March 4, 2019

Christian By Choice

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I ran across someone recently whose Twitter bio said something like, "Christian by choice and proud of it." I found that interesting. I was raised Christian and although I suppose one could say that I chose to go along with it for several years, I've always found it hard to claim I had much of a choice in the matter. Beginning at an age when I was too young to question such things, I was told I was a Christian because my family were Christians. I certainly was not given any choice about attending the church my parents selected. And much like Christianity, I have never experienced atheism as a choice. I could not resume believing in gods today no matter how much I might want to do so.

Although I'd guess that most Christians were raised by Christians to be Christians and that their Christianity has more to do with this than any choices they've made, I do think there are some circumstances where it might make sense for someone to claim that they are Christian by choice. Someone who was not raised Christian but becomes a Christian as an adult could make such a claim. Someone who was raised Christian, moved away from it for several years, and returned as an adult could probably claim it too. At least some people who become "born again" Christians as adults might fit here as well. Some Christian denominations have rituals (e.g., confirmation) where older children or adolescents asked to confirm the religious belief system in which they were raised. Depending on the degree of pressure they face to do so, I suppose this could be considered voluntary for some.

Some may find it curious for me to claim that I did not choose atheism while acknowledging that some people may choose Christianity. I don't see this as an inconsistency, though. When I say I did not choose atheism, I mean that I never made the choice not to believe in gods and that I could not make myself start believing in them again. But if I did believe in gods, I imagine that I might be able to choose the religious tradition with which I decided to affiliate. I do not see that as being very different from me choosing to be a humanist, a skeptic, a freethinker, or a secular activist today. I could choose to do any or all of these things. I'm just doubtful that I could choose to resume believing in gods.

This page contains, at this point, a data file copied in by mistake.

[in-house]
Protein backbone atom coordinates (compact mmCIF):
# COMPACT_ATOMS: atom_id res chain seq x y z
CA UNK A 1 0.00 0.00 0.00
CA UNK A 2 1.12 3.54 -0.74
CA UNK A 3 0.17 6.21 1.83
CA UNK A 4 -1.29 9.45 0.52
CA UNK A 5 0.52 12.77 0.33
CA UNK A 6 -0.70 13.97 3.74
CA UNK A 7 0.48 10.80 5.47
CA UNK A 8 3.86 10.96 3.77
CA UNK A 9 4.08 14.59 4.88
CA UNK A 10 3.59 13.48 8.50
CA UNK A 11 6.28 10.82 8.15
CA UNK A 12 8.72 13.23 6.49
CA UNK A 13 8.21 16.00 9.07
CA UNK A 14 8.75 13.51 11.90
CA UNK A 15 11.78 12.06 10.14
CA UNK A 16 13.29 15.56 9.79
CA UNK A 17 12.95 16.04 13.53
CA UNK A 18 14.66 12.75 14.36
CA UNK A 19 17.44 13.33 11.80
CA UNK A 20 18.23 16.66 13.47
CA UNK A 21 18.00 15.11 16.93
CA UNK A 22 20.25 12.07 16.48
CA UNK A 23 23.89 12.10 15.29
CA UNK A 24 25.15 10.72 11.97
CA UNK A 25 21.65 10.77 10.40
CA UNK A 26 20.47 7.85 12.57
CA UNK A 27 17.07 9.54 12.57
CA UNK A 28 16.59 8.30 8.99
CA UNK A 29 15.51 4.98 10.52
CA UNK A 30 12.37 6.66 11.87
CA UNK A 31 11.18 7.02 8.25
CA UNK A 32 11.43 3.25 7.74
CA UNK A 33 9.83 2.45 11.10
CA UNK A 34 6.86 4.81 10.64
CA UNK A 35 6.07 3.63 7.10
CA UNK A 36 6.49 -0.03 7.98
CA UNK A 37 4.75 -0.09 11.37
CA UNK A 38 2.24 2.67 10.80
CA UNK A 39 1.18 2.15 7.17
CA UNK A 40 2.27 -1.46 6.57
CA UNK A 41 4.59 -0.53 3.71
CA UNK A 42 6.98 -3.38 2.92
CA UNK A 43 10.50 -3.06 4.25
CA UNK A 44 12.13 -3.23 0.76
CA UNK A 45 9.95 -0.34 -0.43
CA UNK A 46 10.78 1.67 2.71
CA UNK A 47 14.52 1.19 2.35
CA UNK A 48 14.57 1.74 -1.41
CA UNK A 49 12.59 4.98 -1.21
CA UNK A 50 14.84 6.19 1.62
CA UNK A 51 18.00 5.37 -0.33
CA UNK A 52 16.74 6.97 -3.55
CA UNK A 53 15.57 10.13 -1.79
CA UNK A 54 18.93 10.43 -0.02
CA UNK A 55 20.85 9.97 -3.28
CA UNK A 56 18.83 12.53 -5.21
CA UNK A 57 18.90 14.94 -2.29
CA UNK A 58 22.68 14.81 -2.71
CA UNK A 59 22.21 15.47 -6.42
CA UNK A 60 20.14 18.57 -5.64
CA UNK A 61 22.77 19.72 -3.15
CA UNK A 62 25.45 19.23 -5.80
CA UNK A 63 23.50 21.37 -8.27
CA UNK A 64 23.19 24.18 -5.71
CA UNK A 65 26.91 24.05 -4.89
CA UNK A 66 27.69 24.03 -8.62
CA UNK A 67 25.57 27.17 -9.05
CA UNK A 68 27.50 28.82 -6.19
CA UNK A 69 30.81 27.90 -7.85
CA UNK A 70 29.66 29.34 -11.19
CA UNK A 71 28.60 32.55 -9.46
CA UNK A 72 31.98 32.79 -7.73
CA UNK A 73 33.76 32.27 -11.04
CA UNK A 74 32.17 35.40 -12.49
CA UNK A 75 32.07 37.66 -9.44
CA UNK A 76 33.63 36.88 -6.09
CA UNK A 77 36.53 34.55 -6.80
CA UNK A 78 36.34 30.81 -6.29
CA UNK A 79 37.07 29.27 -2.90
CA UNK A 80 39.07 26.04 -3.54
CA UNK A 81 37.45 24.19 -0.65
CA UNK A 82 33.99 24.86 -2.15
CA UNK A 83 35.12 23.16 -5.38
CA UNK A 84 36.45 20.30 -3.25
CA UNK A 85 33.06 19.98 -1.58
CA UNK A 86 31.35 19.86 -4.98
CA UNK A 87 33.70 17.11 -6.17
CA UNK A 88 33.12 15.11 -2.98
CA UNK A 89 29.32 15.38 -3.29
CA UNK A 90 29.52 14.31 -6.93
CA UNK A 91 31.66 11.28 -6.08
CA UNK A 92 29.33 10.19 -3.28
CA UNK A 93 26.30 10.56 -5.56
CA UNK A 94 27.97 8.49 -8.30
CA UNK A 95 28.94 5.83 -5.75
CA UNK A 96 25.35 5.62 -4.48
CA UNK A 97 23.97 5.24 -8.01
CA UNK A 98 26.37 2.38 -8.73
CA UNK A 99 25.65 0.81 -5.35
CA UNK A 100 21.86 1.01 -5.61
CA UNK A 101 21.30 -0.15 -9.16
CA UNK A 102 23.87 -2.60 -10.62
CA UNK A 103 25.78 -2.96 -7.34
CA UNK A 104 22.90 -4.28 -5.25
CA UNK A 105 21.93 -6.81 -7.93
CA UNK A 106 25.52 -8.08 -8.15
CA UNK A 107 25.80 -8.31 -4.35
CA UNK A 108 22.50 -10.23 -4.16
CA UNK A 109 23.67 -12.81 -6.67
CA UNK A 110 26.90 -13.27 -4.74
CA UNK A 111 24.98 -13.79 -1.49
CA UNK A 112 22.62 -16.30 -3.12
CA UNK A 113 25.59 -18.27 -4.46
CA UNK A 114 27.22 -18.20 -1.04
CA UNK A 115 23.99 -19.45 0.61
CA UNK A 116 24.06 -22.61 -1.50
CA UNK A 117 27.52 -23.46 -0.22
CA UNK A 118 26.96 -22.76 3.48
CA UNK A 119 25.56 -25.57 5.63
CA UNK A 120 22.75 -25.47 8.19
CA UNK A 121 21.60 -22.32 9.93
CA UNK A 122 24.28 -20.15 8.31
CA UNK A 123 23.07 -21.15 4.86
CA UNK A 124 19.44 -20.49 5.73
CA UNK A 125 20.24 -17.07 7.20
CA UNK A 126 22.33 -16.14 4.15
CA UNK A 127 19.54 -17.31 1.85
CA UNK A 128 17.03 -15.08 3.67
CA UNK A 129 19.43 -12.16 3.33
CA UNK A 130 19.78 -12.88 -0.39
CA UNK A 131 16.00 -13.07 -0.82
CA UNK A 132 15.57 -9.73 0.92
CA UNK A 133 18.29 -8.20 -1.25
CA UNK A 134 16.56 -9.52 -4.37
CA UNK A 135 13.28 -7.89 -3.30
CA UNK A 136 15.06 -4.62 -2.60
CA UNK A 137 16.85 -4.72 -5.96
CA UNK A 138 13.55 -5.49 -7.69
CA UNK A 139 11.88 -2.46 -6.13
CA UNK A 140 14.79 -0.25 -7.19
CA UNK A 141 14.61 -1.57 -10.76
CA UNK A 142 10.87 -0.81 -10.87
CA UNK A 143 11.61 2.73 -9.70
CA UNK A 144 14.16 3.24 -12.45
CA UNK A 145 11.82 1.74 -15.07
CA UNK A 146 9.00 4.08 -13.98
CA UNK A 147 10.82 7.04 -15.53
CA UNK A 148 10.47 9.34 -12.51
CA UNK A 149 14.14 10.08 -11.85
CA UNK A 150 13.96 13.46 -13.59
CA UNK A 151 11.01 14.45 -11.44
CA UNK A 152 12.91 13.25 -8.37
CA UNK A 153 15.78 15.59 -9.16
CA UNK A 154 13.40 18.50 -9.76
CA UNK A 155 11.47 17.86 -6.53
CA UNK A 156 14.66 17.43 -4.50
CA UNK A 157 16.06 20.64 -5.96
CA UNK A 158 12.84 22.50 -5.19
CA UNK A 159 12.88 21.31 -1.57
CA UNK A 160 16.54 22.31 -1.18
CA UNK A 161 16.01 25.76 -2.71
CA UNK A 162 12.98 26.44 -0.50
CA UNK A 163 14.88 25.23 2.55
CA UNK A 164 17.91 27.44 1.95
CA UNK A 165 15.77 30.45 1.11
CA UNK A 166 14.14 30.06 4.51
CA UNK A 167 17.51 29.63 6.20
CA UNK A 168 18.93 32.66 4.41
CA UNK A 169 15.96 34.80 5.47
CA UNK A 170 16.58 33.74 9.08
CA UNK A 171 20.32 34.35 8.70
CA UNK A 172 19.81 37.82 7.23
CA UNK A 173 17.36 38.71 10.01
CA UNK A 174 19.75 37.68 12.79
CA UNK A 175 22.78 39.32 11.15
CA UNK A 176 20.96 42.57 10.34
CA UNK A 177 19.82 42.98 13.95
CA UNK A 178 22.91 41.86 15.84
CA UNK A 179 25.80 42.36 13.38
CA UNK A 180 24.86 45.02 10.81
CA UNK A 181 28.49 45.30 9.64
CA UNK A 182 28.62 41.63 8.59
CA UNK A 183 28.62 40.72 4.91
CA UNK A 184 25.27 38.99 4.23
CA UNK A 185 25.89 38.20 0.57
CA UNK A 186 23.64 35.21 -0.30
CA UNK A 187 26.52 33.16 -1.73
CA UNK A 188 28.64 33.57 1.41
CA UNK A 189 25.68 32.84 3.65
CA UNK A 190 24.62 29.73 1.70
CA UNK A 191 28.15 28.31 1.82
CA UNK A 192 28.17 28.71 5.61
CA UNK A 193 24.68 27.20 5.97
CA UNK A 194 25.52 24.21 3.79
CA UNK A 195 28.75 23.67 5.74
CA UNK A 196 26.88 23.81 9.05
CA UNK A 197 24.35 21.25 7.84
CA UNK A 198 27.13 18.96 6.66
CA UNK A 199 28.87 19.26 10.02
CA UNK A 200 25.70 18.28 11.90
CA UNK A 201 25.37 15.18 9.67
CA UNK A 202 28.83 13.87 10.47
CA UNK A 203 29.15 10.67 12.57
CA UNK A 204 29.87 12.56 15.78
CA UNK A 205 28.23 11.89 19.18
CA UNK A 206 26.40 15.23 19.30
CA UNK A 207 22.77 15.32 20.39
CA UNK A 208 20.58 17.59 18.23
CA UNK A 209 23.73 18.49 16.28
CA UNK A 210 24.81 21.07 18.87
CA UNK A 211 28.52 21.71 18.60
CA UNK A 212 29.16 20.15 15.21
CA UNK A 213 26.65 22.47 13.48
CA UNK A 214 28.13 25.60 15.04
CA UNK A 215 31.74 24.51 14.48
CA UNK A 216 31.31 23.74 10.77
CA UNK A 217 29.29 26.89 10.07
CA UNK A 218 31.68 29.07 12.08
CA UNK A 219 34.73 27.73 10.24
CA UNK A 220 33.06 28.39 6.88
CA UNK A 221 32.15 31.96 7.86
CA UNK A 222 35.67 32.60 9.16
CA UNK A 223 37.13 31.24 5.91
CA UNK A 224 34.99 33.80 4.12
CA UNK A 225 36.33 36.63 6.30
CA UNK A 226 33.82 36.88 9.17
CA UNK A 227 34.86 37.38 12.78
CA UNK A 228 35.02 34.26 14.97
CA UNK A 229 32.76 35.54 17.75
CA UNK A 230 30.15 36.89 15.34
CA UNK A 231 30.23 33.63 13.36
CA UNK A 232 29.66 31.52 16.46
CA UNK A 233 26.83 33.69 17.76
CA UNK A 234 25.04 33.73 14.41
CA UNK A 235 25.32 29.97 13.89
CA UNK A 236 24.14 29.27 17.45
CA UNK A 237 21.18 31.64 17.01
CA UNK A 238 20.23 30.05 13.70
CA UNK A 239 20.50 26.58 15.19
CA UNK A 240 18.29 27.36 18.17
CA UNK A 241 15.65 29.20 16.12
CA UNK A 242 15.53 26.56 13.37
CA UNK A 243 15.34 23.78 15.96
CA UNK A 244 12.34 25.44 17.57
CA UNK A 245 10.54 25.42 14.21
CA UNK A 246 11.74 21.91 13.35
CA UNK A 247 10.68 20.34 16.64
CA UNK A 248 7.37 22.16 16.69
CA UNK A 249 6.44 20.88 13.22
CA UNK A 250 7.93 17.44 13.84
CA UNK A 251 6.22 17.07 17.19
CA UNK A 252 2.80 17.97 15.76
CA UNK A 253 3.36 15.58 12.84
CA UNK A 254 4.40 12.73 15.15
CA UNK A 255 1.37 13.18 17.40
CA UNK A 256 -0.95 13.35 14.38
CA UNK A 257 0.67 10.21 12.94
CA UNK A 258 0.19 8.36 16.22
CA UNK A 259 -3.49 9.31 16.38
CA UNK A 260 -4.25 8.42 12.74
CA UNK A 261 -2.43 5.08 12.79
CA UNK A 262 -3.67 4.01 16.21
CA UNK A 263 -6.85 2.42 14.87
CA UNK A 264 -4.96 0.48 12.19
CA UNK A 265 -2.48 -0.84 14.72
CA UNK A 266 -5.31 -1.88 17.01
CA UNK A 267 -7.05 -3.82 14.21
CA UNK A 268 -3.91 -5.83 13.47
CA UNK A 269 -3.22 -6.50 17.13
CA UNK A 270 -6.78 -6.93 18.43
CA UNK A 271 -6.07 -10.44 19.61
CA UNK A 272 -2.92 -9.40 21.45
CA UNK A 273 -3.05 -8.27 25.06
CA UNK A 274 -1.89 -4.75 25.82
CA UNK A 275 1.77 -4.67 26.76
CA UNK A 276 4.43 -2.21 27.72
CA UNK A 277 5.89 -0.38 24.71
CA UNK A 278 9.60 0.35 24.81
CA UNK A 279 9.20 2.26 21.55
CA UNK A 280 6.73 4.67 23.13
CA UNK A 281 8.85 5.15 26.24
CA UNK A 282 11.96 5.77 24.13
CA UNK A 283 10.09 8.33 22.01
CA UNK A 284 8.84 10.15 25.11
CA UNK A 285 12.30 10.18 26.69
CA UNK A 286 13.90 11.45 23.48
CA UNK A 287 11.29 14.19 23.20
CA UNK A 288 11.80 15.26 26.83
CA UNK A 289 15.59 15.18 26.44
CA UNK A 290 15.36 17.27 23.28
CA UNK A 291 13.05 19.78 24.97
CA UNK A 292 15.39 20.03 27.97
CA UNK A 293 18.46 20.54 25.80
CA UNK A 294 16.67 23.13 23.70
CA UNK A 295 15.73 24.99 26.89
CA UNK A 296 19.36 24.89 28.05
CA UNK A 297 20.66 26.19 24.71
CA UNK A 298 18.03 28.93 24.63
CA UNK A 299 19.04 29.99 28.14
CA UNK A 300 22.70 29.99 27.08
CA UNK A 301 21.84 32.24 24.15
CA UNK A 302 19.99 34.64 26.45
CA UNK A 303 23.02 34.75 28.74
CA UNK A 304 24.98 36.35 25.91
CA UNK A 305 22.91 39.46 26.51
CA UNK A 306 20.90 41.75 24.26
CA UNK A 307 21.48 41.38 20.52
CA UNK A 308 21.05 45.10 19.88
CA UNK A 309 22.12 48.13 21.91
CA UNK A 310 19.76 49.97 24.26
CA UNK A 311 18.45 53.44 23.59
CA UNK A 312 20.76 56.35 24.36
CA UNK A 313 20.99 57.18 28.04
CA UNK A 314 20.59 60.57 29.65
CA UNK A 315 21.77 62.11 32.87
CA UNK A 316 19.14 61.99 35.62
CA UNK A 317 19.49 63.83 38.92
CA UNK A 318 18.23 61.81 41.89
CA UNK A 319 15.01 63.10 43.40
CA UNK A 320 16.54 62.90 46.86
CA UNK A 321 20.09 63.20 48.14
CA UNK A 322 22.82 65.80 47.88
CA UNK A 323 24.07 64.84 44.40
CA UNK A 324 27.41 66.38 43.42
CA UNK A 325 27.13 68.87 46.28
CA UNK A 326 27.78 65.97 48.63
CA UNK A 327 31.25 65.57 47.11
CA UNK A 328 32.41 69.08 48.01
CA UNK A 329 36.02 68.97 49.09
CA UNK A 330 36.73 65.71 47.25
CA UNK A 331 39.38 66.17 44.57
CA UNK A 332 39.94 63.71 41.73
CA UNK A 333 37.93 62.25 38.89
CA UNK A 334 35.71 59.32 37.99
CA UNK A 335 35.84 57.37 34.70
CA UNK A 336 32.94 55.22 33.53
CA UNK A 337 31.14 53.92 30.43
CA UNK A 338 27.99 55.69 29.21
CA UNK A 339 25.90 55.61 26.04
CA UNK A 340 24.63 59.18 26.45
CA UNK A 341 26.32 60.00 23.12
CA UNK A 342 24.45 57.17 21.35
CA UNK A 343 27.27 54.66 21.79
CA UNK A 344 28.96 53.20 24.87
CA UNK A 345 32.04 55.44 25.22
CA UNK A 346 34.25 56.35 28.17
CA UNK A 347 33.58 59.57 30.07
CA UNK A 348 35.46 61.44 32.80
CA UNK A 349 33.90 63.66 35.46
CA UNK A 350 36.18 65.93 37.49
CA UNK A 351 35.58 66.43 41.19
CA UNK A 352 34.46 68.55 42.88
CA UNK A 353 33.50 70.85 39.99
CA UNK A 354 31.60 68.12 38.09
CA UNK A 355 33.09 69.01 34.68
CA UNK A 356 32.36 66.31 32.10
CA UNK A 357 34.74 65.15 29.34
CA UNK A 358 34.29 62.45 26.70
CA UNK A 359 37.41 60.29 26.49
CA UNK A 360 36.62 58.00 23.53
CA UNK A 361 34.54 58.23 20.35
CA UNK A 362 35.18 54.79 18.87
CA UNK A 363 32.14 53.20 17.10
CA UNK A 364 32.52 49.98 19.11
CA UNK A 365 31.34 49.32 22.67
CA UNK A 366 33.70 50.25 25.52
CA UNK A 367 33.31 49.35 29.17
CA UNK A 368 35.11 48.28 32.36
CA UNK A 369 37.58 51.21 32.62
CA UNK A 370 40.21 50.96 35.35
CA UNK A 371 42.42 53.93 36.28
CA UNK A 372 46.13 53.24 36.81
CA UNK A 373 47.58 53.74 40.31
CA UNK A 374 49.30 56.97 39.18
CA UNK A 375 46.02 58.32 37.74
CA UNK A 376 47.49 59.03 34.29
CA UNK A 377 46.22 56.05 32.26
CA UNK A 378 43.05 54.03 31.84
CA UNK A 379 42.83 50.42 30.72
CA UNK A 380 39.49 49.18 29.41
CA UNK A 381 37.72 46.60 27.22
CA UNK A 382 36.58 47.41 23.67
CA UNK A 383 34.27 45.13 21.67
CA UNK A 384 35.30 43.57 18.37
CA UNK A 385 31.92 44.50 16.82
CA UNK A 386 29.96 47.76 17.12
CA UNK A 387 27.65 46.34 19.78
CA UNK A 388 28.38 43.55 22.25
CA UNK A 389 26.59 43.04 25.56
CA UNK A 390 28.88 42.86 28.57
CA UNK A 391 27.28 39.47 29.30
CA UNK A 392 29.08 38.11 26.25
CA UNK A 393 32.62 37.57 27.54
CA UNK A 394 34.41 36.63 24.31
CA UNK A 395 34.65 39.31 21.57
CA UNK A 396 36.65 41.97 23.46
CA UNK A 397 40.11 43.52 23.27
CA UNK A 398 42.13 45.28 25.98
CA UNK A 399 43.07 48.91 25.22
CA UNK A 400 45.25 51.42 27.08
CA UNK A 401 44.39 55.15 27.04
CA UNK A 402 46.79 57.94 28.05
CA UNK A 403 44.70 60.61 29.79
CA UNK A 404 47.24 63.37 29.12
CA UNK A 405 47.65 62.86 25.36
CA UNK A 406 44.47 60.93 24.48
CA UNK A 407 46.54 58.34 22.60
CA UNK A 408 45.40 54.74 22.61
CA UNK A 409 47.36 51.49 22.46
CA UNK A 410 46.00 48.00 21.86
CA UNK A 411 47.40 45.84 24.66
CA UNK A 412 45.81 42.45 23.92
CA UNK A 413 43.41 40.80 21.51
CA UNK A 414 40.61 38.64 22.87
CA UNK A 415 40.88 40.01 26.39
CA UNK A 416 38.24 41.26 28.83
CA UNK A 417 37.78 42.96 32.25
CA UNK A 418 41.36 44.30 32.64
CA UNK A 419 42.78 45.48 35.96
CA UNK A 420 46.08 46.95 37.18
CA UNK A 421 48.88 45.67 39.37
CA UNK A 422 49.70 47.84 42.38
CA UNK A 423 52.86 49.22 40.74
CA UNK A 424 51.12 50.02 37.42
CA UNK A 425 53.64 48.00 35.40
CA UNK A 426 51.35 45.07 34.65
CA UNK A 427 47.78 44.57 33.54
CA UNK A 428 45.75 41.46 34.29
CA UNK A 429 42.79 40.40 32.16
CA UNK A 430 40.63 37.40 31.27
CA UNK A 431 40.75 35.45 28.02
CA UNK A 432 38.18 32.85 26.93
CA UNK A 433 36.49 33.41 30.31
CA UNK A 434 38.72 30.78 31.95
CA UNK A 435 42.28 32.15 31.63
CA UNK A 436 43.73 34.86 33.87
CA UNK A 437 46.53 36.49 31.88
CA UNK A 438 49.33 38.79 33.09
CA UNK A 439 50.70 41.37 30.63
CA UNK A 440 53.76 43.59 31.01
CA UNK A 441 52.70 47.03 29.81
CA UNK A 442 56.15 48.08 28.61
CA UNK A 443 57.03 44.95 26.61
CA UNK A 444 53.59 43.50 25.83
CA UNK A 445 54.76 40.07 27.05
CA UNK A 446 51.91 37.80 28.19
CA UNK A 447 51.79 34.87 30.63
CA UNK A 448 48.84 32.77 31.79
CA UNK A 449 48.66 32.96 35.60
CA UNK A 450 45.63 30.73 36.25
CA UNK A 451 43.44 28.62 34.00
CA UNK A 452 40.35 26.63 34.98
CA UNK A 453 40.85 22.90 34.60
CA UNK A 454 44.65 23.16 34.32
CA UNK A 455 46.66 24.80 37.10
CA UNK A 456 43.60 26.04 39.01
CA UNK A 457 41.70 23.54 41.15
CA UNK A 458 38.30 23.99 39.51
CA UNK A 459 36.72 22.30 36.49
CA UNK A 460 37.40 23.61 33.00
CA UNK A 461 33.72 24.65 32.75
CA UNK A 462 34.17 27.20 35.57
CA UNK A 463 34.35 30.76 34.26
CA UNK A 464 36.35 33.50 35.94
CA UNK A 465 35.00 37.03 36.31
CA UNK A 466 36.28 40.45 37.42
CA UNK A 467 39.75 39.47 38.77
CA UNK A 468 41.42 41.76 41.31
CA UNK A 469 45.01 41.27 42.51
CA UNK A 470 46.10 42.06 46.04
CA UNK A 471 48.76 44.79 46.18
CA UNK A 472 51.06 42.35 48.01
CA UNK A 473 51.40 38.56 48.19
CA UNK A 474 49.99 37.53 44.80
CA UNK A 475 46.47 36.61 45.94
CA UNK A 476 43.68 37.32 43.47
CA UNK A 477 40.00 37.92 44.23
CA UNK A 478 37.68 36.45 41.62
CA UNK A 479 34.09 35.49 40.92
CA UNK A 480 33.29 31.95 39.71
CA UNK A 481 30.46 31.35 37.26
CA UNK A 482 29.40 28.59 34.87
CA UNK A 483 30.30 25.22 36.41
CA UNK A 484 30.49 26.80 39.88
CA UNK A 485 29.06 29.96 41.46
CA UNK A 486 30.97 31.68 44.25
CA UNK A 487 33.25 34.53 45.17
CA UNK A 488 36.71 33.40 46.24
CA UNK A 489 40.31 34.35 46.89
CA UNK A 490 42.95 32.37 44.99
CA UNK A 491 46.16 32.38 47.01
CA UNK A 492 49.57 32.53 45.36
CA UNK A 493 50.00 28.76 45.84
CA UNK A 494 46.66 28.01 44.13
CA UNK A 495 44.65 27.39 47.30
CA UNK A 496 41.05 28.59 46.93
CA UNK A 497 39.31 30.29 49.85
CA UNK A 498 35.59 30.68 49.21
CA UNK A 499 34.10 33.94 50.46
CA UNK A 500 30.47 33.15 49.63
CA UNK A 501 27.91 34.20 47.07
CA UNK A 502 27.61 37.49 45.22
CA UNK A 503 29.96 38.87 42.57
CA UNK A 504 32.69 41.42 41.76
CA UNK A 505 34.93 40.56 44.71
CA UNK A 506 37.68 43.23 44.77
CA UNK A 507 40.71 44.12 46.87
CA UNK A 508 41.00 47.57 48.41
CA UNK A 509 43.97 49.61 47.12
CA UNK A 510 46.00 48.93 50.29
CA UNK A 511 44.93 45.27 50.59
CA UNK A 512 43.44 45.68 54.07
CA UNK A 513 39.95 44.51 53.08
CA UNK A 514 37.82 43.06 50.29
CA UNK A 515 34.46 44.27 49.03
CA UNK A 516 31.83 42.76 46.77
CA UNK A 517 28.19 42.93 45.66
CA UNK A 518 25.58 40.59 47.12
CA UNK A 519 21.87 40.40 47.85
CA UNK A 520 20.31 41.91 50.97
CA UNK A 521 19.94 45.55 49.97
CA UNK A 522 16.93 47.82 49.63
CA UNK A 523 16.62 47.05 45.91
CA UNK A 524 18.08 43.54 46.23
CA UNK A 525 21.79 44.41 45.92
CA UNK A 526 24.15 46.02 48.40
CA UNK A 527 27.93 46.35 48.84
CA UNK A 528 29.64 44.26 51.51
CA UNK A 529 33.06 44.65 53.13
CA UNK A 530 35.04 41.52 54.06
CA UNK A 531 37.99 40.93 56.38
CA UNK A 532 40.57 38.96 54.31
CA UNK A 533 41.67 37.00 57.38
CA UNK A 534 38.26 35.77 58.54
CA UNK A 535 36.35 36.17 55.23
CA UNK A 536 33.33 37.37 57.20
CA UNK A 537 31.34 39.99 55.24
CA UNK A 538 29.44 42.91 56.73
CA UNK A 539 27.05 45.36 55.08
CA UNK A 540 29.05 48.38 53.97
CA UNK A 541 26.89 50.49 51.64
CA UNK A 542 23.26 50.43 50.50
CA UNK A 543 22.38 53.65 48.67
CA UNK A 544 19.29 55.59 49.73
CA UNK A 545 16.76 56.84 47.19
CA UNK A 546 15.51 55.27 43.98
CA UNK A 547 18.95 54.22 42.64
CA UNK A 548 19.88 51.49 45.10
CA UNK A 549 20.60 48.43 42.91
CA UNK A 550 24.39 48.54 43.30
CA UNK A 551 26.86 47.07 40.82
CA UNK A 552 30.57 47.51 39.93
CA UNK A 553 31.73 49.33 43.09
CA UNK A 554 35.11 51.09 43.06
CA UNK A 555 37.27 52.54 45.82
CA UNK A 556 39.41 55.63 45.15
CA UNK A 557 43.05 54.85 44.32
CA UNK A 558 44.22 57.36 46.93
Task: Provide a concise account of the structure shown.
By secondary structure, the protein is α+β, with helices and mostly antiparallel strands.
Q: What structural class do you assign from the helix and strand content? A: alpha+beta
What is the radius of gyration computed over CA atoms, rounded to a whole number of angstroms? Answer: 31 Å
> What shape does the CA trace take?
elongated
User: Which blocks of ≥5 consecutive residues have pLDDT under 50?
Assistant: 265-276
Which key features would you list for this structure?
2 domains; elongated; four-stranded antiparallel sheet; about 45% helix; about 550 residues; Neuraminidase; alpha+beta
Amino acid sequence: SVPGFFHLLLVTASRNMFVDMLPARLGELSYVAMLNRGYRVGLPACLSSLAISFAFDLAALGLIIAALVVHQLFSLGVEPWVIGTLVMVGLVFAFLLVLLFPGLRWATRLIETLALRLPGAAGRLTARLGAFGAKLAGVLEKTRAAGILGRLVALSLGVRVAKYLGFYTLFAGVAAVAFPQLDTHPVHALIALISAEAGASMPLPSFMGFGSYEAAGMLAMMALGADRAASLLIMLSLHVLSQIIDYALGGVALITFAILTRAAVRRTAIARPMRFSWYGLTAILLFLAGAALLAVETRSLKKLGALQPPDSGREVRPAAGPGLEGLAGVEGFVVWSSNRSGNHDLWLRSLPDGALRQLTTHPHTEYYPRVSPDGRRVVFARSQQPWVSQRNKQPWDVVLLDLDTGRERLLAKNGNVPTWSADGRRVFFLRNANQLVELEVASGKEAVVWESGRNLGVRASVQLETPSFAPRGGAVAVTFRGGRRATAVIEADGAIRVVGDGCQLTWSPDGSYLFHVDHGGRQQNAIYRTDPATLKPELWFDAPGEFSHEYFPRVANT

I have known some people who were raised as Christians but decided that it was not for them as they moved through adolescence. They did not stop believing in gods, but they concluded that the existence of the Christian god in which they previously believed was unlikely. They spent years searching for answers and explored various religions and other religion-like belief systems along the way. Some of them eventually returned to some form of Christianity, although it was often a different one than the one in which they had been raised. Others embraced non-Christian religions or decided that organized religion was not for them and that they'd be "spiritual but not religious." It was not always clear how much choice was involved in this sort of thing, but it often seemed like there was some.

If someone did choose to be a Christian, it makes sense that they might take pride in it. I'm not saying I would take pride in it; I am saying that I can understand why someone else might do so. What I have trouble understanding is why it would possibly be a source of pride if one did not truly choose it (i.e., in the more typical case where one is a Christian because one was raised that way). Then again, I've long had difficulty understanding why some take pride in things over which they had no control.